Where was the graduated cylinder invented?

Considering that Albert Einstein moved to Switzerland around 1895, it’s safe to say that the graduated cylinder was created in Switzerland, as it was invented in 1909.

The importance of the graduated cylinder

  • An accurate means of measuring liquid

    Considering that a scientist is only as good as the measuring instruments they use, there’s no denying that the graduated cylinder is an important invention. It’s an accurate means of measuring liquid, opening the door for more experimentation, as scientists routinely used it for various experiments over the years.

  • A spark of progress

    So long as humanity intends to keep moving forward, there will always be inventions similar to the graduated cylinder. There are many more measuring instruments out there with similar origin stories, and each one is a spark of progress.

  • A simple and easy apparatus of measurement

    It’s odd to consider the graduated cylinder was invented as late as 1909 when you consider how easy it is to use. Albert Einstein needed something accessible and convenient but still accurate enough to get the job done, and the graduated cylinder is the result.

  • Helped spark the invention of similar measuring equipment

    Sometimes, all it takes is a push in the right direction, and the invention of the graduated cylinder undoubtedly built the foundation for similar measuring instruments in the future.

The graduated cylinder by the numbers

  • 0.1The most accurate reading on a graduated cylinder goes down to 0.1 mL. There are more advanced measuring instruments such as the volumetric flask and the pipette, but what the graduated cylinder could do, it could do well.
  • 329As far as the graduated cylinder’s ability to take heat, the borosilicate glass cylinders can withstand temperatures up to 329°F (165°C). They could also withstand thermal shock.
  • 0.02The number of kilograms of an empty 25mL graduated cylinder. The graduated cylinder is a simple instrument, and is generally quite easy to handle. It’s especially easy for the graduated cylinders made from plastic. You’ll have to take care when handling the ones made from glass, though they can handle heat quite a lot more than the plastic counterpart.
  • 2-26The amphorae found to be used by the ancient Greeks for measuring liquids came in all shapes and sizes, from 2 to 26 liters.

Five facts about the graduated cylinder

  • The margin of error

    When it comes to the typical margin of error for the graduated cylinder, it goes from 0.5 to 1%. For example, if you’re using a 100mL graduated cylinder, that’s .5 to 1mL.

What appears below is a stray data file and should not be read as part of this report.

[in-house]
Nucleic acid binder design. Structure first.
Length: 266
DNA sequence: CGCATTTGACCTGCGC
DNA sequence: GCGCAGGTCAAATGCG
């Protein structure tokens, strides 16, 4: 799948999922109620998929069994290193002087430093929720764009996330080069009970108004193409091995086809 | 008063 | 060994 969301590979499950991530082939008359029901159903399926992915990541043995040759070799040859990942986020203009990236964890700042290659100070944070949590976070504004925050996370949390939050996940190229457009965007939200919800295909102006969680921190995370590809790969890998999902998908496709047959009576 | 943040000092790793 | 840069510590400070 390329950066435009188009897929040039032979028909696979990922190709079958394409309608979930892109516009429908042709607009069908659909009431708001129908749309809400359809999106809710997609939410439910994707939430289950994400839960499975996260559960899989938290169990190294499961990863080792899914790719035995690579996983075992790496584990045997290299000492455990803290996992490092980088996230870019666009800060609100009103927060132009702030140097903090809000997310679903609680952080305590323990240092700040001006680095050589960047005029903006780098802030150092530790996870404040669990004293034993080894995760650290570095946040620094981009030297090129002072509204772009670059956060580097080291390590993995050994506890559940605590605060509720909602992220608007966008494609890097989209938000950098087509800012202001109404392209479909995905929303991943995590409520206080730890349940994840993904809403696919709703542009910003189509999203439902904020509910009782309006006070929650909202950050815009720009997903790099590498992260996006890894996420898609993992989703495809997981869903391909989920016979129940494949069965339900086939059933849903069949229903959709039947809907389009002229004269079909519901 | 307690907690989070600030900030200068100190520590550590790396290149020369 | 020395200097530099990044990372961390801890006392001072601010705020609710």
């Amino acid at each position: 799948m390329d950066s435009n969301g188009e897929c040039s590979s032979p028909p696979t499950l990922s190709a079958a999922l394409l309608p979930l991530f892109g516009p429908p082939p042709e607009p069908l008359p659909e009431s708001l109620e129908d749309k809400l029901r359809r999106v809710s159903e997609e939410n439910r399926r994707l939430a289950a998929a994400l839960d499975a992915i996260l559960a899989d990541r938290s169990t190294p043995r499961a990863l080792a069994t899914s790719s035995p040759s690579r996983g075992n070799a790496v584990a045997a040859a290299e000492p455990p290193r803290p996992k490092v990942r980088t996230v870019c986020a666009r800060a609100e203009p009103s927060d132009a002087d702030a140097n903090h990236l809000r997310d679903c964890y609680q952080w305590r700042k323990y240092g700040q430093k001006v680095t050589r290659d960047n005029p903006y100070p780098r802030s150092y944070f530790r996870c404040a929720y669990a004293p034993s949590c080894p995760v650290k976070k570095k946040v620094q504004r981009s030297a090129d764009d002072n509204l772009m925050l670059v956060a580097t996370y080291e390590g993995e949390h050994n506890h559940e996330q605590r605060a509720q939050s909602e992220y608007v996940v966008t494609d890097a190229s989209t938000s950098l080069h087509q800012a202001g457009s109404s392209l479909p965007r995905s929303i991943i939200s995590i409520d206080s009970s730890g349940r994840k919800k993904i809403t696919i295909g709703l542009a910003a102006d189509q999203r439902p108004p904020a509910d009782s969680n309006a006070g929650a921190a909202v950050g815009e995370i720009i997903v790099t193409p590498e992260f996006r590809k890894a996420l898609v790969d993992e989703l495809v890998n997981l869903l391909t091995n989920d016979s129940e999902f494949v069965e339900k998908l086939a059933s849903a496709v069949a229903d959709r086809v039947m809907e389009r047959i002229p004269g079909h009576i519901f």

• More accurate than the beaker

    The reason why the graduated cylinder is more accurate than the beaker comes with the name of the instrument. It’s mainly due to the incremental graduations incorporated in the instrument.

  • Taking care of the graduated cylinder

    If you want to properly maintain a graduated cylinder for laboratory use, the process is simple. All you have to do is triple rinse the instrument with a compatible solvent, followed by a tap water rinse. Afterwards, make sure to air dry the graduated cylinder.

  • The curved shape

    When you measure liquids in the graduated cylinder, you’ll notice that the surface will take on a curved shape. That curved shape is called the meniscus. It’s developed in such a way that the bottom of the meniscus at eye level is the most accurate means of reading a graduated cylinder.

  • Size availability

    Graduated cylinders are available in three sizes. You can go for the 500mL, 1000mL, and the 2000mL cylinder in 5mL, 10mL, and 20mL increments.

FAQ about the graduated cylinder

  • What’s so important about the graduated cylinder?

    The graduated cylinder represents humanity’s penchant for solving problems. Albert Einstein needed an accessible way to measure liquids, and so he decided to invent a measuring instrument that can get the job done. Humanity will always look to solve problems through invention and innovation.

  • Is the graduated cylinder the best instrument for measuring liquids?

    Keep in mind that graduated cylinders are meant to easily and accurately measure liquids. There are other instruments out there, such as the volumetric flask, the pipette, and even the beaker. However, the graduated cylinder is the best combination of accuracy and ease-of-use.

  • Is it possible to measure a solid using a graduated cylinder?

    Surprisingly enough, you can measure certain solids using a graduated cylinder. While the instrument is meant to measure liquids, you can use that concept to measure the solid in its own way. You can use the water displacement method to successfully measure a solid using the instrument.